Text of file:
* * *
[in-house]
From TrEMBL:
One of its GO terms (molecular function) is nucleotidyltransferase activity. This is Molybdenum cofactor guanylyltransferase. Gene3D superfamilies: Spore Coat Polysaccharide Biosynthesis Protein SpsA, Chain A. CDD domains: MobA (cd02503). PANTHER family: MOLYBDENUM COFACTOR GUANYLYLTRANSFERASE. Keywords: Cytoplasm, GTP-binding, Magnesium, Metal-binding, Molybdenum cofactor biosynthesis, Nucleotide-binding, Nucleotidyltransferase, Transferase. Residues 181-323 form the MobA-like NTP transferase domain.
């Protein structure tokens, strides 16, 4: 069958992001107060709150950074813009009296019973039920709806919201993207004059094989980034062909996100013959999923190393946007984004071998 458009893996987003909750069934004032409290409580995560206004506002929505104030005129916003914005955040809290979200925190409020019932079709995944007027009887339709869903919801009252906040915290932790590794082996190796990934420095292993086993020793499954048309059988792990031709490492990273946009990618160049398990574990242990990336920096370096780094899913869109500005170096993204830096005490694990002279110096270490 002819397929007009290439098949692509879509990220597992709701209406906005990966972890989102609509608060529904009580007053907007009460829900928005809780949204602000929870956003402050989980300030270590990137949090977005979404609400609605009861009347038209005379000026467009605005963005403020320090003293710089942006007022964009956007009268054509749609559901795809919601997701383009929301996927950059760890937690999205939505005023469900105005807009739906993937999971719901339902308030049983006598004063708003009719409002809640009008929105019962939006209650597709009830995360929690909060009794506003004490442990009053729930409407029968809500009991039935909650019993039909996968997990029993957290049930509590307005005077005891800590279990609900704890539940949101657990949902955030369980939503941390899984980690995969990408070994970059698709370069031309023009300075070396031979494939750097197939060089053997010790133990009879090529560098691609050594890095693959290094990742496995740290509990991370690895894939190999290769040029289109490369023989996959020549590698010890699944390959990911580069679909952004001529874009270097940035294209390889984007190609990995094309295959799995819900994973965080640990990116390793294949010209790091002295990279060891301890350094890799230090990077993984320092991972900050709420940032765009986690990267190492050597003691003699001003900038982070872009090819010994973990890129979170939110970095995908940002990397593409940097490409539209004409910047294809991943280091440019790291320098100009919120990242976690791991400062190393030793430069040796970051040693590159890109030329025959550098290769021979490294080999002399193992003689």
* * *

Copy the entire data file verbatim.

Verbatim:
[in-house]
From TrEMBL:
One of its GO terms (molecular function) is nucleotidyltransferase activity. This is Molybdenum cofactor guanylyltransferase. Gene3D superfamilies: Spore Coat Polysaccharide Biosynthesis Protein SpsA, Chain A. CDD domains: MobA (cd02503). PANTHER family: MOLYBDENUM COFACTOR GUANYLYLTRANSFERASE. Keywords: Cytoplasm, GTP-binding, Magnesium, Metal-binding, Molybdenum cofactor biosynthesis, Nucleotide-binding, Nucleotidyltransferase, Transferase. Residues 181-323 form the MobA-like NTP transferase domain.
């Protein structure tokens, strides 16, 4: 069958992001107060709150950074813009009296019973039920709806919201993207004059094989980034062909996100013959999923190393946007984004071998 458009893996987003909750069934004032409290409580995560206004506002929505104030005129916003914005955040809290979200925190409020019932079709995944007027009887339709869903919801009252906040915290932790590794082996190796990934420095292993086993020793499954048309059988792990031709490492990273946009990618160049398990574990242990990336920096370096780094899913869109500005170096993204830096005490694990002279110096270490 002819397929007009290439098949692509879509990220597992709701209406906005990966972890989102609509608060529904009580007053907007009460829900928005809780949204602000929870956003402050989980300030270590990137949090977005979404609400609605009861009347038209005379000026467009605005963005403020320090003293710089942006007022964009956007009268054509749609559901795809919601997701383009929301996927950059760890937690999205939505005023469900105005807009739906993937999971719901339902308030049983006598004063708003009719409002809640009008929105019962939006209650597709009830995360929690909060009794506003004490442990009053729930409407029968809500009991039935909650019993039909996968997990029993957290049930509590307005005077005891800590279990609900704890539940949101657990949902955030369980939503941390899984980690995969990408070994970059698709370069031309023009300075070396031979494939750097197939060089053997010790133990009879090529560098691609050594890095693959290094990742496995740290509990991370690895894939190999290769040029289109490369023989996959020549590698010890699944390959990911580069679909952004001529874009270097940035294209390889984007190609990995094309295959799995819900994973965080640990990116390793294949010209790091002295990279060891301890350094890799230090990077993984320092991972900050709420940032765009986690990267190492050597003691003699001003900038982070872009090819010994973990890129979170939110970095995908940002990397593409940097490409539209004409910047294809991943280091440019790291320098100009919120990242976690791991400062190393030793430069040796970051040693590159890109030329025959550098290769021979490294080999002399193992003689």